Airfix 1/72 Sopwith Pup




99 cents when new


Two aircraft


Mark Fordham


1973 Blister Pack issue


The Sopwith Pup quickly became a favourite with pilots of the Royal Naval Air Service. It was superior to the Fokker D.III and more than a match for any of the new Halberstadt and Albatros scouts. Armed with a single synchronous machine gun, it was lighter and less dangerous than it's successor, the Sopwith Camel. Although under armed with only one Vickers .303 machine gun , pilots liked the plane because it was manoeuvrable and fast. It could climb and hold its altitude better than any other fighter With a top speed of around 106 MPH and a endurance of 3 hours the pup was usually powered by a Le Rhône 9C, 9 cylinder, air cooled rotary of around  80 hp or a Gnome Monosoupape, air cooled rotary, of 100 hp. In total 1,770 Pups were built and In August 1917, the Sopwith Pup was the first aircraft to land aboard a moving ship, the Royal Navy's H.M.S. Furious



This particular issue of the Pup is from 1973 and is packaged in those groovy  clear blister packs were you can see the parts and decals, You know I really miss those days, modelling seemed to be a lot less complicated back then and I remember spending many a pleasant Friday night (Late night shopping)  pawing over the Airfix blister packs and peering through the little clear window of the Matchbox boxes at the local toy shop trying to make up my mind which lucky kit was going to be purchased with that weeks pocket money. Back then, it wasn’t the type of aircraft that swayed me out of my money, or the historical importance ( what 7 year old is interested in history? ) it was the color of the plastic, in those days paint cost money better spent on kits and god knows how many Matchbox kits I bought just because of the cool two color schemes or how many “Baby Blue” Airfix kits ended up coming home with me.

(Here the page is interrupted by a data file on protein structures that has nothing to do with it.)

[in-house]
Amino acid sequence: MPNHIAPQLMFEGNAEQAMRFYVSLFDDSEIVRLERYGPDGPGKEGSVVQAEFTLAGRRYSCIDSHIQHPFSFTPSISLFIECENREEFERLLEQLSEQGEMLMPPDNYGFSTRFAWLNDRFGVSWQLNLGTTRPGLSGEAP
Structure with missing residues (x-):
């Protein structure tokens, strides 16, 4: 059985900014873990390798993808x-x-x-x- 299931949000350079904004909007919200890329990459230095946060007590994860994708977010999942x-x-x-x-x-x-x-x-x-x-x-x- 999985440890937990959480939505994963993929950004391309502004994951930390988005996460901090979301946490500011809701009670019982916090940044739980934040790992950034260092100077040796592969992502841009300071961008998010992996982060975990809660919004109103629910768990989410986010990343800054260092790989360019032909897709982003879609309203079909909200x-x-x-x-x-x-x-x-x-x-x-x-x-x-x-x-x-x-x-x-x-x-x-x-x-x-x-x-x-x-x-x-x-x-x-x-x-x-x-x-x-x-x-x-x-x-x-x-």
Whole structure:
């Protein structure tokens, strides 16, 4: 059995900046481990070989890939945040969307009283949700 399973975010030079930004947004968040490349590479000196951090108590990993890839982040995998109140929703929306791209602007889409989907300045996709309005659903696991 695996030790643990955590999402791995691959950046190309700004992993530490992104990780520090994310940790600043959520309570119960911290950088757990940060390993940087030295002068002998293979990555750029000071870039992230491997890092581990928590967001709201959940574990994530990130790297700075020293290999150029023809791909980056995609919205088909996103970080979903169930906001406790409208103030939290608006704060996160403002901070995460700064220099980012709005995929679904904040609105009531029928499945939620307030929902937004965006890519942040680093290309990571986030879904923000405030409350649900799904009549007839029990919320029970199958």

The Airfix pup hasn’t changed at all over the years and I think it is still in the latest Airfix catalogue with only different decals. Back in ’73 the moulds were still in very good condition and the parts are very cleanly moulded with little flash or sink marks. The fabric effect is a little heavy but once a coat of paint is applied the effects tone down nicely. Instructions are printed on the inside of the cardboard backing sheet with a three view color profile printed on the back. The struts are delightfully thin and free of warping and ejector pin marks.


As this is the first WWI aircraft I have done and there aren’t a lot of pieces to assemble with the Pup. I started with the simple cockpit, the seat and instrument panel were painted up and installed, a few pieces of sprue were glued to the sides to represent stringers and my last photo etched seatbelt was glued to the seat. Once dry the tiny fuselage was joined up and the lower wing added. A dab of filler was needed to hide the join under the wing but that’s all that was needed on the whole plane, not bad for the age!

 At this point I started thinking about how I was going to rig the Pup “shudder” I started by drilling holes in the tailplanes and rudder with my smallest drill bit which turned out to still be too big. Since the top and bottom wings were both one piece rigging hole were drilled right the way through the wings. At this point the subassemblies were sent of the paint shop as the top wing is easier to paint if it isn’t attached to the plane.